If the function succeeds, the return value is the length, in TCHARs, of the string copied to lpBuffer, not including the terminating null character. If the return value is greater than nBufferLength, the return value is the length, in TCHARs, of the buffer required to hold the path.

     

     

    So yes, calling it with the value of 256 is correct.

     

    Rich 

  • Anonymous (unregistered) in reply to Shrek
    Anonymous:

    The real WTF is people still use languages where they have to give a crap about pointers, buffer overruns and orphaned memory.


     

    Pointers rule!
    Don't complain about it because you are too lazy to use them properly.  Yes, there are issues you have to deal with when using pointers that can make them a pretty big pain when you don't know what you are doing, but they are extremely powerful and covering your *** from the main problems is pretty easy.

  • RandomLurker (unregistered)

    From WINDEF.h


    #define MAX_PATH 260


    Damn, he was only 4 bytes short.

  • Hexar (unregistered) in reply to Rich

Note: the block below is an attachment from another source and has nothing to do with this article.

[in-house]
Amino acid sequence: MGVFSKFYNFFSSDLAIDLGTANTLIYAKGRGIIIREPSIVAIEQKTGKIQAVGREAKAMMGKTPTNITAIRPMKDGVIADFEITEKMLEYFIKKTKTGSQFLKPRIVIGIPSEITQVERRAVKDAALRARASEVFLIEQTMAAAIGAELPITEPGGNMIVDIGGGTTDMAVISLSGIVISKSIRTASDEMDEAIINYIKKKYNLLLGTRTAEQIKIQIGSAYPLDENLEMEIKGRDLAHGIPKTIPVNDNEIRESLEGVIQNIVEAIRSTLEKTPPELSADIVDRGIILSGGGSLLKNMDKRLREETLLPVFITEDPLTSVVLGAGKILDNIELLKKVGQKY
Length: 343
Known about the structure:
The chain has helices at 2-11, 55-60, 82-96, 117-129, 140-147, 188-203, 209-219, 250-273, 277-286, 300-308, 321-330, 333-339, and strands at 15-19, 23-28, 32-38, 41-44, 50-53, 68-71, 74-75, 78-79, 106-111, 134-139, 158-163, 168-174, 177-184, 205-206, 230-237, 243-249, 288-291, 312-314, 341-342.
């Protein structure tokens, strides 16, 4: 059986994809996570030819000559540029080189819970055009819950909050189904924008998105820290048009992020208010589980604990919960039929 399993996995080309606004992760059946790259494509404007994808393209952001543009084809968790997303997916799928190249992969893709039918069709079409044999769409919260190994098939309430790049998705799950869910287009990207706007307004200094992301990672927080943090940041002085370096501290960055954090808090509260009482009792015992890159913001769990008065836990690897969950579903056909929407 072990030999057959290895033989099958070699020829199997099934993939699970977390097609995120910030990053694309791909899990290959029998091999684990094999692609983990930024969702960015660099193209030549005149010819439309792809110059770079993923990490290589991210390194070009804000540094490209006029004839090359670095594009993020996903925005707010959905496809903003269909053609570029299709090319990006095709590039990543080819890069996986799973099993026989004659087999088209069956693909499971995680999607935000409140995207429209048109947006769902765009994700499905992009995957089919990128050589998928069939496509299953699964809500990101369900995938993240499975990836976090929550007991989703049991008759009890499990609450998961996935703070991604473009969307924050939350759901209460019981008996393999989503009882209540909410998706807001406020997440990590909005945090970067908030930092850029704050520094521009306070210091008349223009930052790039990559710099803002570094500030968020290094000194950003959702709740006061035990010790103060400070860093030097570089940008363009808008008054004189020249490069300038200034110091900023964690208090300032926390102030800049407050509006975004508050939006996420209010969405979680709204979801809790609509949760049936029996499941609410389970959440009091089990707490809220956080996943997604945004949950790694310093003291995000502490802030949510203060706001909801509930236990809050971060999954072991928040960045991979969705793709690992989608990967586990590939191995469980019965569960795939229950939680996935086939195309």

I'm surprised no one has even tried to fix the code yet.  Here's my attempt; bear in mind I haven't tested this, but feel free to jump down my throat for errors anyway:

    CString GetTempDirectory()
    {
        char* path = new char[256];
        int pathLen  = GetTempPath(255, path);
        if (pathLen > 255)
        {
            delete[] path;
            path = new char[pathLen+1];
            GetTempPath(pathLen, path);
        }
        path[pathLen] = 0;
    
    CString s(path);
    
    delete[] path;
    
    return s;
    

    }

    This code
    (a) Fixes the missing delete problem
    (b) Correctly adds the null terminator to the string and
    (c) Re-allocates memory correctly when the path is too long for the buffer.

    Unless, of course, I made a glaring error.

  • Larry Laffer (unregistered) in reply to GoatCheez
    So a working implementation should be: 
    CString GetTempDirectory()
    {
    int pathLen = GetTempPath(0, NULL);
    char* path = new char[pathLen + 1];